Currently, there are different opinions on the efficacy of PDT for OLP. One study has revealed that PDT has some effect in the symptomatic treatment of OLP in adult patients . However, the authors used a small number of articles and did not perform subgroup analyses. On the contrary, according to a systematic review , PDT fails to exert any significant effect on the symptoms of OLP. A meta-analysis that reviewed 22 publications has shown that the partial response (PR) rate of OLP lesions to PDT is approximately 70%; however, this study analysed the effect of PDT on OPMD. Only six articles focused on OLP and the authors did not investigate the effect of different factors on the efficacy of PDT in OLP versus that in all OPMDs in the subgroup analysis .
These three reviews used a small number of articles focused on OLP and did not analyse the influence of factors, including the site of OLP lesion in mouth, type of PS, and administration method, that may be related to the final therapeutic response. Therefore, the aim of this systematic review and meta-analysis was to assess the efficacy of PDT in the treatment of OLP and compare the efficacy of PDT with steroid therapy. The results of this study will provide clinicians with a comprehensive understanding of the efficacy of PDT in OLP.
Study identification and selection criteria
The systematic review and meta-analysis were performed in accordance with the PRISMA statement , as detailed in Additional file 1: Table S1. This study has been registered on the International Prospective Register of Systematic Reviews (PROSPERO) under the registration number CRD42020160512.
Electronic and manual literature searches were conducted in the following five electronic databases: PubMed, Web of Science, the Cochrane Library, Embase, and EBSCO up to 1 December, 2019. Search terms were: “Photodynamic therapy” OR “PDT” AND “lichen planus” OR “oral lichen planus” OR “OLP.”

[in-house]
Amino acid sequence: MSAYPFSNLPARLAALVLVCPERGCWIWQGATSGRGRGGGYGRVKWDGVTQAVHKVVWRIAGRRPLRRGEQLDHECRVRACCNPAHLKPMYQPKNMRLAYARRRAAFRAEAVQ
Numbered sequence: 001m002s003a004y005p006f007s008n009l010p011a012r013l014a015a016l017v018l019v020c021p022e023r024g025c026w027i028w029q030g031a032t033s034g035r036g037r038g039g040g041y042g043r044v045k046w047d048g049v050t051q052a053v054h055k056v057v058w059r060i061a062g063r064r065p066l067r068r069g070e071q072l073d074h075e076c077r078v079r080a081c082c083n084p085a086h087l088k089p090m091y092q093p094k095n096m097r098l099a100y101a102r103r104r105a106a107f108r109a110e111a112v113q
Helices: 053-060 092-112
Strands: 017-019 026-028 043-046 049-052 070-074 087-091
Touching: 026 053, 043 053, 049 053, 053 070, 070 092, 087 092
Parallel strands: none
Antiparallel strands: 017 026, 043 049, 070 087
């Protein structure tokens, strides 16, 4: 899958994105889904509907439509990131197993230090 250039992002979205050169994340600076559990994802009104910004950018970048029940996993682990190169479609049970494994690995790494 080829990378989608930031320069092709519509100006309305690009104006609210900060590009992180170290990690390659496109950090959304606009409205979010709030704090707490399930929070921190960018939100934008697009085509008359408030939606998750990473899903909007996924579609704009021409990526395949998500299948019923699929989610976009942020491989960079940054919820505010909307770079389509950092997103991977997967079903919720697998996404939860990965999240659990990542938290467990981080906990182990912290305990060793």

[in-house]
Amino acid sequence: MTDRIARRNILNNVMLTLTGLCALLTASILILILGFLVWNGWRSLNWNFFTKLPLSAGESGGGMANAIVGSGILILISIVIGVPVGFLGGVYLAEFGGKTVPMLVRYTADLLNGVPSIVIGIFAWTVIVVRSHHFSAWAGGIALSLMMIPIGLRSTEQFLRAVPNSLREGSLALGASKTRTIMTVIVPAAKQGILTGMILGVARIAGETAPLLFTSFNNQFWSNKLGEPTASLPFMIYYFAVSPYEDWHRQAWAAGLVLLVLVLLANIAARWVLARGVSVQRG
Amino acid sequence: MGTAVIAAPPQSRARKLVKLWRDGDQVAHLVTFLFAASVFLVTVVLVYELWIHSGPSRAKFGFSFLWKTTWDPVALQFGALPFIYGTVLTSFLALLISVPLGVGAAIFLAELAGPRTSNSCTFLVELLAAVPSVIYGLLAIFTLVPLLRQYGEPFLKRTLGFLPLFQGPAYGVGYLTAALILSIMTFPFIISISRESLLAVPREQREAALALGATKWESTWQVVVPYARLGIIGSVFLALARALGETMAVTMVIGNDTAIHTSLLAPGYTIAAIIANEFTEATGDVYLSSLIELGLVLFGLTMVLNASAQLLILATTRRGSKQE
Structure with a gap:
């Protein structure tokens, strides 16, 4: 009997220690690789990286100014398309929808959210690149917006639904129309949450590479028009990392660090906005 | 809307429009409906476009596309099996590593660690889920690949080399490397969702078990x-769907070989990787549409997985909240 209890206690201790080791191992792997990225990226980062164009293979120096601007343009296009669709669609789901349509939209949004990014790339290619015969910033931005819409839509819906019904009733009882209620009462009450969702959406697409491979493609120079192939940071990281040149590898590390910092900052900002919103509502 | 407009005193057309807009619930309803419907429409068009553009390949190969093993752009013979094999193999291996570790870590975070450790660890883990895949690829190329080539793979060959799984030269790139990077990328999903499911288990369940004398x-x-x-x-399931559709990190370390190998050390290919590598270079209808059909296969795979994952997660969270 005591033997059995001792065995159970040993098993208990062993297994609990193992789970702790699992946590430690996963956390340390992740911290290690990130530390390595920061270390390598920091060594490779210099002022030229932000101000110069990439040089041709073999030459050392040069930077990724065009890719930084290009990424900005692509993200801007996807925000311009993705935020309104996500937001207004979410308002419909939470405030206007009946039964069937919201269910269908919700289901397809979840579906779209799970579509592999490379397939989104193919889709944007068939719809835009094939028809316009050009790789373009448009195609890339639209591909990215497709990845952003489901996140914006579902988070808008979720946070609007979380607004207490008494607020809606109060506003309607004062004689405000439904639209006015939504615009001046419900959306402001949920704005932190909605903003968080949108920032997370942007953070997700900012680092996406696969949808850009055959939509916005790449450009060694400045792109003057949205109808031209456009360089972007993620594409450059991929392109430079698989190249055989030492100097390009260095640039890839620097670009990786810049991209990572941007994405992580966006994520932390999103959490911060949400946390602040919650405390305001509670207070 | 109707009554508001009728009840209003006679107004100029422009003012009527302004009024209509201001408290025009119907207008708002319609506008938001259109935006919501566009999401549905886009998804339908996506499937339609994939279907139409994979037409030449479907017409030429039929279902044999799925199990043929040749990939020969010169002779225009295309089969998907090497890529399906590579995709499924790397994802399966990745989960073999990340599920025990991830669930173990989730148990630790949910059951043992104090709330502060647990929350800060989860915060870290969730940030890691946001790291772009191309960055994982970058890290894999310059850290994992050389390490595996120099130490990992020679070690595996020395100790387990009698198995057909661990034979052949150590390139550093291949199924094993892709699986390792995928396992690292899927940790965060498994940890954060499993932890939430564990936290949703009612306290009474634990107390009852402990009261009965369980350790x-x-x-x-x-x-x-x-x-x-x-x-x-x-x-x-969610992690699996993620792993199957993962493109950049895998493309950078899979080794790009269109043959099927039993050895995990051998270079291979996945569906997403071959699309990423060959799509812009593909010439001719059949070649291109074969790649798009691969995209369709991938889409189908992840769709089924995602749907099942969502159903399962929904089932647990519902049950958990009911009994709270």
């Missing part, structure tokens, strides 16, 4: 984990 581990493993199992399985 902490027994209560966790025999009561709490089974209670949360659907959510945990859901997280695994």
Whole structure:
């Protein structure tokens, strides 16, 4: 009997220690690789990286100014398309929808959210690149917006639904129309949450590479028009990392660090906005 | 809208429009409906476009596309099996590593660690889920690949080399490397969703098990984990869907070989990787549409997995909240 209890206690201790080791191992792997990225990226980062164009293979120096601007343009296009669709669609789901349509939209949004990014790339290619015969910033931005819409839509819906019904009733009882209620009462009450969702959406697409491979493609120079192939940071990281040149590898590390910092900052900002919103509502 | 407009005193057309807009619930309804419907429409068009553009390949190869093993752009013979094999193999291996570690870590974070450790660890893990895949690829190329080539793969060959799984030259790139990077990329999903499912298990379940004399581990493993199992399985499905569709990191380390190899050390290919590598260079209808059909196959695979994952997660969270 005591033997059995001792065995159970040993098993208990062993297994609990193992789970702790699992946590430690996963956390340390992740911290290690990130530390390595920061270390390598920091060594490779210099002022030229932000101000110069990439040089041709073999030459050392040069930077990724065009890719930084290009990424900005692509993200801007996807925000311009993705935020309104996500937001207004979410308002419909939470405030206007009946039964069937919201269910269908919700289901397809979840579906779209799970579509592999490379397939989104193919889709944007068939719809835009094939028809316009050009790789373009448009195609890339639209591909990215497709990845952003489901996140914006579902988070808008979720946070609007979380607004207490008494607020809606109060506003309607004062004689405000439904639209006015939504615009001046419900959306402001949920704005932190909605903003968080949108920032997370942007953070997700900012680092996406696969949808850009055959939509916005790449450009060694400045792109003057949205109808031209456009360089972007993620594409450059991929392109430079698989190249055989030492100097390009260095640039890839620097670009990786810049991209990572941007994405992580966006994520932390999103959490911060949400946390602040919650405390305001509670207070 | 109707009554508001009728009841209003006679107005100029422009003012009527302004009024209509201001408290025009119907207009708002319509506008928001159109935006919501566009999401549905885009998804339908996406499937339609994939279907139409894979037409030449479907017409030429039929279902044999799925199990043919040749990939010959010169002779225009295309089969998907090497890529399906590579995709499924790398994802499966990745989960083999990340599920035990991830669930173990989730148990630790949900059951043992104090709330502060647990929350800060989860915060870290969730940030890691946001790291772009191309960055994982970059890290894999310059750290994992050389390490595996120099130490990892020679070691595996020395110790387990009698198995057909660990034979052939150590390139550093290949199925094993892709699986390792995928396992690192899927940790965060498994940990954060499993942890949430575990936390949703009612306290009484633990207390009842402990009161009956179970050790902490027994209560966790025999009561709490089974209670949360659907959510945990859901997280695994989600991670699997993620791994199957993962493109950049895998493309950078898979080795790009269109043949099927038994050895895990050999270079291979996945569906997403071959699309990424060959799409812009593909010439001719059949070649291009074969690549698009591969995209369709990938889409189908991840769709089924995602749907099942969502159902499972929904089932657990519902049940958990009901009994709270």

The inclusion criteria were: (a) original articles, clinical studies, and case series; (b) aim of the intervention was to evaluate the efficacy of PDT in the management of OLP; (c) lesion response was assessed and recorded; (d) articles published only in the English language; (e) clinical or histopathological diagnosis of OLP. The PICO questions below were applied:
Population (P): patients were diagnosed as OLP;
Intervention (I): patients were treated with PDT;
Comparison (C): condition of patients before PDT or topical corticosteroids;
Outcome (O): lesion response and lesion size of patients with OLP.
The exclusion criteria were: (a) reviews, abstracts, commentaries, letters to the editor, opinion articles, and animal studies; (b) inconsistent efficacy evaluation standard such that subsequent analysis cannot be performed; (c) individuals with idiopathic plaque-like lichen planus (non-erosive), lichenoid drug eruptions, or evidence of dysplasia in the tissue.
Two authors (Z.Y. and D.J.X.) independently searched these five databases and assessed the titles and abstracts of all eligible publications. Details, including first author’s name, publication year, type of PS, disease types, method of administration, disease location, and number of lesions, were collected from the included studies. Four outcome measures were collected for the efficacy evaluation: (a) lesion response, including complete response (CR), which means lack of visible lesion confirmed by clinical evaluation, and PR, which means lesion size decreased by at least 20%; (b) changes in lesion size/area; (c) Thongprasom sign (TH): score of 0 for normal healthy mucosa, 1 for lesions with only white striae, 2 for mixed keratotic and atrophic or erythematous lesions smaller than 1 cm2, 3 for keratotic and atrophic or erythematous lesions larger than 1 cm2, 4 for erosive/ulcerative lesions smaller than 1 cm2, and 5 for erosive/ulcerative lesions larger than 1 cm2; (d) visual analogue scale (VAS) rated by participants (score: 0–10): 0 means no symptoms and 10 means severe symptoms, as perceived by the patient.